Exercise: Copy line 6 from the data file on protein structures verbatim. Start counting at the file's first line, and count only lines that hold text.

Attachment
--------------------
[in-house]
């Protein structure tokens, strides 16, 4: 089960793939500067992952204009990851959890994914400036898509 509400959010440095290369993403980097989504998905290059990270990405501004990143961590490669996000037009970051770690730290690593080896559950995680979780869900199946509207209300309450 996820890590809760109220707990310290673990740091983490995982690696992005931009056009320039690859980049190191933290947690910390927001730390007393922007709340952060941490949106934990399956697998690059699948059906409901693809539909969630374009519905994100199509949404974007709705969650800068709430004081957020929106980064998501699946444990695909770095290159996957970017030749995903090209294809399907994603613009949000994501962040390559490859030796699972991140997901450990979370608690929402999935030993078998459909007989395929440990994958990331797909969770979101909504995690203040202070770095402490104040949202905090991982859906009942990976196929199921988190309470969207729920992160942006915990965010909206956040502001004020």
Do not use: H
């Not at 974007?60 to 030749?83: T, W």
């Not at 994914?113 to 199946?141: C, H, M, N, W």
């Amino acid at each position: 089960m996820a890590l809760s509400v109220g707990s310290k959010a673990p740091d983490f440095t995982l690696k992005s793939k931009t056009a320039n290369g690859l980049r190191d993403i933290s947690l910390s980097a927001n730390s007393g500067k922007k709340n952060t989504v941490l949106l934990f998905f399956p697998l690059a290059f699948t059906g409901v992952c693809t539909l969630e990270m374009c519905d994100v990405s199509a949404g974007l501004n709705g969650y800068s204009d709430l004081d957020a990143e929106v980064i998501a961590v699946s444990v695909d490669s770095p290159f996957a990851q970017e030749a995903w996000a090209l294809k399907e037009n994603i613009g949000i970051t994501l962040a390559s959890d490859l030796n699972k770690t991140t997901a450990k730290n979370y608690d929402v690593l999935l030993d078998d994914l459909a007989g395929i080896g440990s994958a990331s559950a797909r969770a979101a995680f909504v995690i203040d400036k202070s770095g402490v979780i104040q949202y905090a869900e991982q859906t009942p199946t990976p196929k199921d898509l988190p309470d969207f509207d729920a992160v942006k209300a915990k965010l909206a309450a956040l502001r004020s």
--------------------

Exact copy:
């Amino acid at each position: 089960m996820a890590l809760s509400v109220g707990s310290k959010a673990p740091d983490f440095t995982l690696k992005s793939k931009t056009a320039n290369g690859l980049r190191d993403i933290s947690l910390s980097a927001n730390s007393g500067k922007k709340n952060t989504v941490l949106l934990f998905f399956p697998l690059a290059f699948t059906g409901v992952c693809t539909l969630e990270m374009c519905d994100v990405s199509a949404g974007l501004n709705g969650y800068s204009d709430l004081d957020a990143e929106v980064i998501a961590v699946s444990v695909d490669s770095p290159f996957a990851q970017e030749a995903w996000a090209l294809k399907e037009n994603i613009g949000i970051t994501l962040a390559s959890d490859l030796n699972k770690t991140t997901a450990k730290n979370y608690d929402v690593l999935l030993d078998d994914l459909a007989g395929i080896g440990s994958a990331s559950a797909r969770a979101a995680f909504v995690i203040d400036k202070s770095g402490v979780i104040q949202y905090a869900e991982q859906t009942p199946t990976p196929k199921d898509l988190p309470d969207f509207d729920a992160v942006k209300a915990k965010l909206a309450a956040l502001r004020s």